Monday, October 19, 2009

What if we get bored?

As a new stepmom, I am entering more fully the world of children's activities, cartoons, books and games. Up until now, I have watched from the sidelines as my sisters and friends chauffered their children to various activities, events and appointments -- all set to a soundtrack of Bob the Builder and Disney theme songs.

Sometimes, though, parents need activities that are just for them -- with no trace of princesses (don't even get me started), Spiderman or talking vegetables.

Friday night, my parents invited my sisters and me to a free Dixieland jazz show with the Queen City Jazz Band. When we were growing up, my folks took us to see this band at a variety of free concerts in the park, so there was some nostalgia attached to the event. I also have a personal love of all things jazz in nearly all its iterations.

I told C. I planned to go, and he and the kids were welcome to come, if they'd like. They did join us -- as did three out of four of my nephews.

On the drive down to the concert, Annie* (my stepdaughter) asked, "What if me and brother get bored?"

Hmm, what if the kids did get bored? Just what tragedy would ensue? Boredom -- is it the horror of all horrors to be avoided at any cost by parents everywhere?

The truth is, "boredom" allows a person's mind a free moment for creativity. I remember creating elaborate stories for myself as a child during many "boring" car trips (we didn't have car DVDs back then!), "boring" classical concerts and "boring" dinners at real restaurants (no ball pits, clown characters or free toys in the Merry Meal) with my parents.

Children do not need to be catered to and entertained every second of the day. Sadly, many parents give in (or give up?) and set up the portable DVD player during breakfast out at a cafe (what happened to food being the "event"?), or pop in a video game in the car on long road trips (doesn't anyone play the alphabet game anymore, or - gasp - look at the view?).

Parents have a bigger job than serving as personal social and event organizers for their children. They must help children learn about the world, learn how to think critically for themselves, discover how to create their own stories and grow into adults who enjoy life and all that it has to offer.

Life is about more than plugging in a machine for ready-made entertainment. Sometimes, a child is better served with little more than a pen and paper -- and a bored moment.

Friday night, my parents, sisters, C., five children and I lined up in two rows to listen to some good live music. Those five children listened, watched, pretended to drum along and practiced "conducting" the band. They also took advantage of boredom to doodle and write, and show their parents the results of their creativity.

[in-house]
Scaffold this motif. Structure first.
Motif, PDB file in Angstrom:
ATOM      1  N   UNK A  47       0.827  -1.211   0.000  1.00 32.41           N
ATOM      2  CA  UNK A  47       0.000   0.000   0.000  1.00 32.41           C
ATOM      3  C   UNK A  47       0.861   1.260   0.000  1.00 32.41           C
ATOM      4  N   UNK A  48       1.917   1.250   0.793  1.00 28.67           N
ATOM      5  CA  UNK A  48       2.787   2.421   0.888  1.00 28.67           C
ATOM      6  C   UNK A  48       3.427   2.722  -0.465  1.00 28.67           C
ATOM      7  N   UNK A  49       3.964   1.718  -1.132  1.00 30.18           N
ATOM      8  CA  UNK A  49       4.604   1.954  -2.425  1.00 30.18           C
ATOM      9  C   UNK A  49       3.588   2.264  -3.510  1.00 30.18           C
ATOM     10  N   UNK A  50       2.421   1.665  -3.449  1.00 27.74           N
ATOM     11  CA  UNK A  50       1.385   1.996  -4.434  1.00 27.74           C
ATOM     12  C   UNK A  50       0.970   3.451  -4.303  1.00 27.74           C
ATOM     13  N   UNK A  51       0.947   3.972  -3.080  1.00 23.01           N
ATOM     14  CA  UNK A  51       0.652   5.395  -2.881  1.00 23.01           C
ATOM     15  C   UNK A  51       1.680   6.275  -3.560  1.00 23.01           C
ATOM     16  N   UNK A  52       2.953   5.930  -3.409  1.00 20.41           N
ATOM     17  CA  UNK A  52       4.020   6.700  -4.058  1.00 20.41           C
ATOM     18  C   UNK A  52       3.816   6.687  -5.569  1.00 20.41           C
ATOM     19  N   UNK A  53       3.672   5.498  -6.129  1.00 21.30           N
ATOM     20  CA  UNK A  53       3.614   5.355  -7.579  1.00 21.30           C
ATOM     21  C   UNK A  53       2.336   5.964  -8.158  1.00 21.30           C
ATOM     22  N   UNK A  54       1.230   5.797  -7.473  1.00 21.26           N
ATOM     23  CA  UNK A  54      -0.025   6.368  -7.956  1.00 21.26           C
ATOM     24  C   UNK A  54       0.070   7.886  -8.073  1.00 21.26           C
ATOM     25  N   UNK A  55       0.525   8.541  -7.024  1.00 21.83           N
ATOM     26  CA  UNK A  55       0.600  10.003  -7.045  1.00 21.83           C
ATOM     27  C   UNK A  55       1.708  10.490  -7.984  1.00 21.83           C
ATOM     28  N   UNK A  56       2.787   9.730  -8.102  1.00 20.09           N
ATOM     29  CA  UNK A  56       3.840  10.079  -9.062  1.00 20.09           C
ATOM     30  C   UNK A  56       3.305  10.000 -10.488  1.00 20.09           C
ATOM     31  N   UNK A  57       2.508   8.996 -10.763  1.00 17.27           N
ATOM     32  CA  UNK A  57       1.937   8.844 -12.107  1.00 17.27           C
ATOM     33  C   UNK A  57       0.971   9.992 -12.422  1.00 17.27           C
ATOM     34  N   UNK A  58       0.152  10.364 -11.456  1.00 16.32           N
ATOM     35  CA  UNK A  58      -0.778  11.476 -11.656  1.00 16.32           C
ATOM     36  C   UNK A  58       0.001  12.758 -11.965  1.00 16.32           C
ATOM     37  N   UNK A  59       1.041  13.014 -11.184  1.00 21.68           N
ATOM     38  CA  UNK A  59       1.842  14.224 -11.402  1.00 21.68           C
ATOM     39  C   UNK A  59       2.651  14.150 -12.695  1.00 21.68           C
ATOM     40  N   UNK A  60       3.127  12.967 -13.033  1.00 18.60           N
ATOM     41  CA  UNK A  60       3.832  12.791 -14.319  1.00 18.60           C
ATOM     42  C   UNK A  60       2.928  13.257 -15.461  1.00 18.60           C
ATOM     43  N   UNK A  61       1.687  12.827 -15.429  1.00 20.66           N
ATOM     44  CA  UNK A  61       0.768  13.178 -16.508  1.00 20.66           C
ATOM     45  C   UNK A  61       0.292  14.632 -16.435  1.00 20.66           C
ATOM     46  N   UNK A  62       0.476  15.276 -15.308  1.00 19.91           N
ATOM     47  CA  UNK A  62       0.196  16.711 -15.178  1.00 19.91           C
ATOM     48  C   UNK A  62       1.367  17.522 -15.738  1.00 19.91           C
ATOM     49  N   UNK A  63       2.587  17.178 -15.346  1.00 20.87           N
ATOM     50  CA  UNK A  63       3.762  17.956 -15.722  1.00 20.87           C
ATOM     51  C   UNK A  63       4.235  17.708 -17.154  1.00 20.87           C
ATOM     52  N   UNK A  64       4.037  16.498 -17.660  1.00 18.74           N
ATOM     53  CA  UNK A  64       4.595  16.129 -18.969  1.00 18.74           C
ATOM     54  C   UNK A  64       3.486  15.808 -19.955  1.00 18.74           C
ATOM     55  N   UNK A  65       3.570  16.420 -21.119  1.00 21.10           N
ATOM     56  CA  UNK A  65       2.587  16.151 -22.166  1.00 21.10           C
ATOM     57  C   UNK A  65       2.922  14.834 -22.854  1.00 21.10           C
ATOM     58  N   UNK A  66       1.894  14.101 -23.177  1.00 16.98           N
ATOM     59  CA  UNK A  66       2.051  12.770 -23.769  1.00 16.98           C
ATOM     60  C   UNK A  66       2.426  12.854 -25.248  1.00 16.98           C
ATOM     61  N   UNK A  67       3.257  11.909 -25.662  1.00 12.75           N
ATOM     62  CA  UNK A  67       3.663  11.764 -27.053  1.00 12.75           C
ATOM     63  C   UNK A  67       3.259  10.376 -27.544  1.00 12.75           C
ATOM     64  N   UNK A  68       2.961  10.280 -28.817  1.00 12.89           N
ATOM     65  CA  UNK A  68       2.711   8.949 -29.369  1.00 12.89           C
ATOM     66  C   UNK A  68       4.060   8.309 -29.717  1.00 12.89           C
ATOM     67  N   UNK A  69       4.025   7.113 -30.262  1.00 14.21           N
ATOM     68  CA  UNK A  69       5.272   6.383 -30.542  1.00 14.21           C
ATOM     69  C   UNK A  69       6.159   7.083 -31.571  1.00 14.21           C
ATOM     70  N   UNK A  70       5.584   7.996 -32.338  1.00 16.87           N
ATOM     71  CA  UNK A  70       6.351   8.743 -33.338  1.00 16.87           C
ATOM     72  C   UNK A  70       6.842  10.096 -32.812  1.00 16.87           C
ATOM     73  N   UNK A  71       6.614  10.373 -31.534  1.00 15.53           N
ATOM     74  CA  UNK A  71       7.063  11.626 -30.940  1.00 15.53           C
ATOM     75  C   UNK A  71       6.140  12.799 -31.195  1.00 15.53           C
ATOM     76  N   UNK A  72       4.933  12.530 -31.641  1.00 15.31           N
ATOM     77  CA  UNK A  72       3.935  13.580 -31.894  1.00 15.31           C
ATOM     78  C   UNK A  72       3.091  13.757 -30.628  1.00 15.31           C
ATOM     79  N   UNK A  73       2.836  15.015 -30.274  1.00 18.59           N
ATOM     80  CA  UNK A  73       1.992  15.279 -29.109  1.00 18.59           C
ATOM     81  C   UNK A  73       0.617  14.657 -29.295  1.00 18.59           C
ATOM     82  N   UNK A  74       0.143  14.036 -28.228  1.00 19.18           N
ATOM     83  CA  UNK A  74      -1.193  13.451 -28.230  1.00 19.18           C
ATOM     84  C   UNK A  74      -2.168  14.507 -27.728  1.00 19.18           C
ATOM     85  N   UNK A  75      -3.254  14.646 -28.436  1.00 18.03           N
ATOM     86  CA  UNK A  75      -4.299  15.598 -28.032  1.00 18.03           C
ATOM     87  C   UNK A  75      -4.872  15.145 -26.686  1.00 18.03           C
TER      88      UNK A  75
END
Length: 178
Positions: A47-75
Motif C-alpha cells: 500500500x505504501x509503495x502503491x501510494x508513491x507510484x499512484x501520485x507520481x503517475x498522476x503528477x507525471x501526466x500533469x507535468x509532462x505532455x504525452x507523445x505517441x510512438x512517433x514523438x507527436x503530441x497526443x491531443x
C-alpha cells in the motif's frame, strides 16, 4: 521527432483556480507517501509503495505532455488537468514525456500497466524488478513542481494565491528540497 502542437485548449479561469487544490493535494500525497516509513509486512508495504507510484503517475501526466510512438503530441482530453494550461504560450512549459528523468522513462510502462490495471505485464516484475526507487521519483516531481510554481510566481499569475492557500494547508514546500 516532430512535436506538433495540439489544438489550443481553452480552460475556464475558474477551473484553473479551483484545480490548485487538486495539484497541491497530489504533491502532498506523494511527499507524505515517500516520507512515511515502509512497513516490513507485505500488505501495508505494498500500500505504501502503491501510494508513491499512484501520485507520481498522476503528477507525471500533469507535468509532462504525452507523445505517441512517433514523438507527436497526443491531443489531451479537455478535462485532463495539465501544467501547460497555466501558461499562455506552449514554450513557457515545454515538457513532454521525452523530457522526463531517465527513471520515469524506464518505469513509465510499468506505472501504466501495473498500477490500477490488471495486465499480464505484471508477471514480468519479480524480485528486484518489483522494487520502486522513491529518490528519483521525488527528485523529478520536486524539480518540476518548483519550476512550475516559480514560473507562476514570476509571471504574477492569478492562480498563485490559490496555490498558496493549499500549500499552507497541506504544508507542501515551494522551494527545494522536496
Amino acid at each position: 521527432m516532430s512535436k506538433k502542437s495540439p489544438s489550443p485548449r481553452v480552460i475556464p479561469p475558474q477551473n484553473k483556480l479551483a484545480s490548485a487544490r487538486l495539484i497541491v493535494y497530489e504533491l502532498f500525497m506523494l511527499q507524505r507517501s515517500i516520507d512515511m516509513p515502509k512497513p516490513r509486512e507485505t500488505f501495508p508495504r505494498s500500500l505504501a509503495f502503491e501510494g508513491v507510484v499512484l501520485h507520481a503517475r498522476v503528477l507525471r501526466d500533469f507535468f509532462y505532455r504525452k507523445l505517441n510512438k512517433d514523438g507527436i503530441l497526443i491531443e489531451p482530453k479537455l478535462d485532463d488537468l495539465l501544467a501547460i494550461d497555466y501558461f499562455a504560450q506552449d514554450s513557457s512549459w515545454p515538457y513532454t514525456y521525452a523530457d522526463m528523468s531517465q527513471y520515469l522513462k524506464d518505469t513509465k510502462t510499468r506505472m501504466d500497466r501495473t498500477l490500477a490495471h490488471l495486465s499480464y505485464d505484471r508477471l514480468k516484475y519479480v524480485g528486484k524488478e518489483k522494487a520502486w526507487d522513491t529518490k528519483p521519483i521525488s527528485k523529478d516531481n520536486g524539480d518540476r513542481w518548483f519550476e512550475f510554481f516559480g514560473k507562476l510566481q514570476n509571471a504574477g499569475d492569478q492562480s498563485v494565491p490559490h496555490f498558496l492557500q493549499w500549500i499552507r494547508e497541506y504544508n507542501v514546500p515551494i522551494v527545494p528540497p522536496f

They did beautifully. They had FUN (my 9-year-old nephew reported that the evening was "awesome!"). Their brains absorbed a little healthy music (which studies have shown aids brain development).

Oh, and their parents (and stepparents, in my case) were able to enjoy a little grown-up time. The singer had us all on our feet by the end, belting out "When the Saints Go Marching In." (Which elicited a few eye rolls from the younger set at how embarrassing their parents were acting - ha! I, for one, am not the least bit worried about being embarrassing.)

As I have said before, music feeds my soul. I needed that night out, and I am happy I was able to share it with my husband and stepkids.

Spongebob, Speed Racer, Cinderella and Dora - step aside. Tonight, we prefer to be "bored."

*Names changed


  1. I love your philosophy on this and agree 100%. Children barely have imaginations or creativity anymore because they can just "plug in" and get it done for them. Ugh...its frightening.

    And a girl after my own heart with a love of jazz...I'm just a music nut in general as I'm sure I've said fact I'm procrastinating in my getting my music room together tonight with my keyboard and a few artist prints on the walls. Eventually I'll have shelves with my musical memorabilia. Good for you for exposing those kiddos to skill my children WILL learn is how to read music and I'll encourage them to pick up an instrument. If after one year, they decide it isn't for them, thats ok...but at least they have that skill and hopefully a strong appreciation and love for music like their mom.

  2. The kids had piano lessons last night as well. They really enjoy music. Their dad and I also love music, so that makes me happy. :)